Another month ticked off the calendar, all. I did make a trip to thriftsville this month, and I did procure two new-old items: an orange tee with a black screen-printed crow (no doubt the product of my recent fondness for Franken-style) and and summery white open-knit cardi. Good finds.

Plus, this:


A vintage chalkware Scottie dog statue, about half the size of my cats. And only $3! Steal of the century!

The potential spoiler, however, is this: my mom turned up last weekend bearing two *new* pairs of tights (apparently, some store had a mega-clearance sale). Do these count? Have I failed? I never set forth rules about gifts — what do you think, peeps?

More Year of No New Threads:

The Pledge1 Mo. Down2 Mos. Down3 Mos. Down4 Mos. Down

Da (seed) bomb.

May 30, 2008


Last weekend, I did a little diggin’. In the dirt, that is.

That’s right, folks: the upstart coleus and sweet potato vine above are now residents on my less-than-light deck, along with some slammin’ begonias and some shade-loving snapdragons. Out front, I threw in some hardy cosmos, and a pair of potted pink dahlias. (Special thanks to Mommo for her superior start-spotting skillz.)

While I don’t have enough sunpower to fuel a vegetable garden — sad news for a Small Liver — I am a fan of growing my own flora for a spot of color on the outside, and an occasional, fresh-cut jot on the inside. Sometimes, I need a little greenery indoors. You?

Thus, I naturally was drawn to Gregory’s recent AT post on seed bombing in L.A. These guerilla gardeners are mad for making the urban landscape a little greener by tossing homemade seed bombs — tiny, concentrated grow-balls packed with earthworm castings, clay soil, and seeds, seeds, seeds — into barren areas. Then, the opportunistic (yet altruistic) planters watch ’em grow.

Don’t know if this is possible with veggies, but it’s worth a try, I suppose. Something stalwart — kale, maybe? If you’re interested in bombing and it’s a no-go on the edibles, wildflowers always do the trick. Just make sure you get seeds that will grow in your climate, as well as ones that are native. No sense in screwing up the ecosystem in the name of fresh flowers.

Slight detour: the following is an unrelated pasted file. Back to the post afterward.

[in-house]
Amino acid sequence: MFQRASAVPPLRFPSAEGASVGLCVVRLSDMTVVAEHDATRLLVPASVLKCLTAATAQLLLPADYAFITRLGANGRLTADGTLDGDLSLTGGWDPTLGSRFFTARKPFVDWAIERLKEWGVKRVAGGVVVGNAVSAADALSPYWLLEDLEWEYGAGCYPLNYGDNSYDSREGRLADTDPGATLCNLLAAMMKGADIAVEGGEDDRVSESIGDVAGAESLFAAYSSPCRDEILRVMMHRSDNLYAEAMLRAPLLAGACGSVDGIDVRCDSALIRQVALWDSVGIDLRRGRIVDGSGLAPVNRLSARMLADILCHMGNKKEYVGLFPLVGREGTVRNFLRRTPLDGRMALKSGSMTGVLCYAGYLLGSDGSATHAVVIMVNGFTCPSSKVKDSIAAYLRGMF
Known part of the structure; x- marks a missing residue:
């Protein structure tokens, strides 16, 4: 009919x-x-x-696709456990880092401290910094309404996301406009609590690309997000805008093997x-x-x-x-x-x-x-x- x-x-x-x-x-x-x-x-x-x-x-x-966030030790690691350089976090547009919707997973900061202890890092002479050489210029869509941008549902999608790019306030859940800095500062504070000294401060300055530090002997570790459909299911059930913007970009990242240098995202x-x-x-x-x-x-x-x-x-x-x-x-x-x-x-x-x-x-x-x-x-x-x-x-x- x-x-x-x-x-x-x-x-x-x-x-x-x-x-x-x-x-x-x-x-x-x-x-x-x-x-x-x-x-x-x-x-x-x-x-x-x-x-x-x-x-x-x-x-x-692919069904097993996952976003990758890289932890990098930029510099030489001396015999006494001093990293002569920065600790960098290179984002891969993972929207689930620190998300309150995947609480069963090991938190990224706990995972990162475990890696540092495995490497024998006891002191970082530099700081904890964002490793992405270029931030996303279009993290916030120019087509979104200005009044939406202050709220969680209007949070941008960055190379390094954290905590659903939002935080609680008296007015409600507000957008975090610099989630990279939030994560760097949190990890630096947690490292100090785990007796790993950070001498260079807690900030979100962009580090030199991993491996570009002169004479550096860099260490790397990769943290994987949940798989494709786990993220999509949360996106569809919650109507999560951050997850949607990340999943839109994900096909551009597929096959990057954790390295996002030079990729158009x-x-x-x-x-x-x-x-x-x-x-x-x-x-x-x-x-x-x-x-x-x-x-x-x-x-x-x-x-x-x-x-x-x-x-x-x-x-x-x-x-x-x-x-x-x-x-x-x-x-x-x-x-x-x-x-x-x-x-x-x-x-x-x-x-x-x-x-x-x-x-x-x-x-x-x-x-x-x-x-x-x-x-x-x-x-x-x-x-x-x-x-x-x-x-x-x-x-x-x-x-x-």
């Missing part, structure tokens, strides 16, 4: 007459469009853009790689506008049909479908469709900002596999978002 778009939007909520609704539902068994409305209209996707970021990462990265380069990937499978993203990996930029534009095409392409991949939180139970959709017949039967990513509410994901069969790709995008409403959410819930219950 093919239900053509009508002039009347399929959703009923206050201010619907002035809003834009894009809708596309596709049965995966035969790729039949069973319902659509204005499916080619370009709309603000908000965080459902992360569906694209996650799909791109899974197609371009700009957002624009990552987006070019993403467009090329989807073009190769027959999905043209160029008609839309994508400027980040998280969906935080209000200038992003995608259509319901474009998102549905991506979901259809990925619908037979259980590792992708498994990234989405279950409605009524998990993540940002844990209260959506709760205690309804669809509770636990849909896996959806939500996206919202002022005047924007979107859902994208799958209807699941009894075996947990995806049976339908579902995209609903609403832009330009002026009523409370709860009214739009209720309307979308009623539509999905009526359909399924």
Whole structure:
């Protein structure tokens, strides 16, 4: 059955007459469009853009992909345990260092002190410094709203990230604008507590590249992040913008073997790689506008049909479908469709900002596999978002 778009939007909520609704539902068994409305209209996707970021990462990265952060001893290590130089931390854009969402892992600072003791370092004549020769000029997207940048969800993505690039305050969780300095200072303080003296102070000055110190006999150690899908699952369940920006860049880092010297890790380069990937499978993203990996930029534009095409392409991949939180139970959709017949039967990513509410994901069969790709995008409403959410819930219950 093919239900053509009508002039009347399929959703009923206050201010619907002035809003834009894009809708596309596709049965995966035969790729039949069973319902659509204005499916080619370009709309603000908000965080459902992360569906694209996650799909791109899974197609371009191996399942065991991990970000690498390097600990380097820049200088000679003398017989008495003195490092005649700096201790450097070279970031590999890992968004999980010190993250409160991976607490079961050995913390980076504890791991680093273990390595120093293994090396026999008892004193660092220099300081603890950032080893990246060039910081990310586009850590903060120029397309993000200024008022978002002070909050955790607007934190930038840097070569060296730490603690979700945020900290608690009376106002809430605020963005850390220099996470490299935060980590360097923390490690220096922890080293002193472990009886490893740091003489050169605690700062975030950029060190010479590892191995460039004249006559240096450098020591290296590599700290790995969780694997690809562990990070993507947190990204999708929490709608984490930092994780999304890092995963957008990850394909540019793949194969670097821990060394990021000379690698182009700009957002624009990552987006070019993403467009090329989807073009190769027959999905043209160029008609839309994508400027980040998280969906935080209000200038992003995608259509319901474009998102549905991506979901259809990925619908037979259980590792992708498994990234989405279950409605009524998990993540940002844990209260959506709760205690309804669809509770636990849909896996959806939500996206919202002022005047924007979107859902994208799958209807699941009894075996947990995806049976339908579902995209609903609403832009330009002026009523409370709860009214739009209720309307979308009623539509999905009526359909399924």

For the Seattle readers: Lovely blooms (and seeds, I think) are available at The Copper Vine on Capitol Hill, as well as at City People’s in Madison Valley. No room to garden? No worries: find a P-Patch near you. And, for my fellow CD rezzies, check out tonight’s community gathering to discuss the development of the newest member of the P-Patch fold at 25th & Spring. Meeting begins at 6:30 at the Garfield Community Center, 2101 S. Jackson.


May 29, 2008

Been thinking: Anybody else out there keep an online journal? Bloggers, come forward! If you read mine, I’d love to read yours; let’s build a Small community!

Send me links in the comments, or, if you’re a shy violet, send me a link at Alternatively, do you have an Etsy shop? A photostream? Something Small and sweet? Looking forward to hearing from you.

xoxo, allison @ Living Small

Small shot: a cast iron bird bell from the co-op to help trick out our tiny deck. Sometimes, I like to sweat the Small stuff.


ps. I couldn’t resist the Scarface reference. Apologies to the bird, and to Al Pacino.


WHO: Pia Jane Bijkerk, globe-trotting designer, stylist, and blogger

WHERE: Amsterdam

WHAT: Haute-cool houseboat

SIZE: No se, but not sizable

Old man river gets an overhaul.

Whoever thought houseboats were the purview of salty sailors and their cranky parrots obviously missed Pia Jane Bijkerk’s incredible Amsterdam oasis (and, I suppose, Sleepless in Seattle), featured at Design*Sponge a few weeks ago.

Despite a history of acute seasickness, I’ve always been curiously drawn to houseboats — maybe it’s their multifunctional nature — and Pia’s is an outstanding example of just how homey a waterbound abode can be. The ample light maximizes space and highlights the honey-colored woodwork, giving the place a spacious, yet cocoon-like, feel. Because the boat is essentially shaped like a bowling alley (long and thin, and sans any architectural break-ups), Pia created “rooms” with clever uses of furniture, including a “bedroom,” courtesy of a lovely screen framed out in that same golden hardwood.

Sadly, this isn’t Pia’s primary home — kind of a downer for living Small; what’s Small about having three residences, all of them flung as far and wide as Pia’s places in Amsterdam, Paris, and Sydney? Nevertheless, it is a testament to small space living. And an aesthetically ga-ga one, at that.

Check out the original D*S post for more photos. And don’t forget to walk through the Tiny House Logue for more of what you love: teeny-tiny houses with Small style.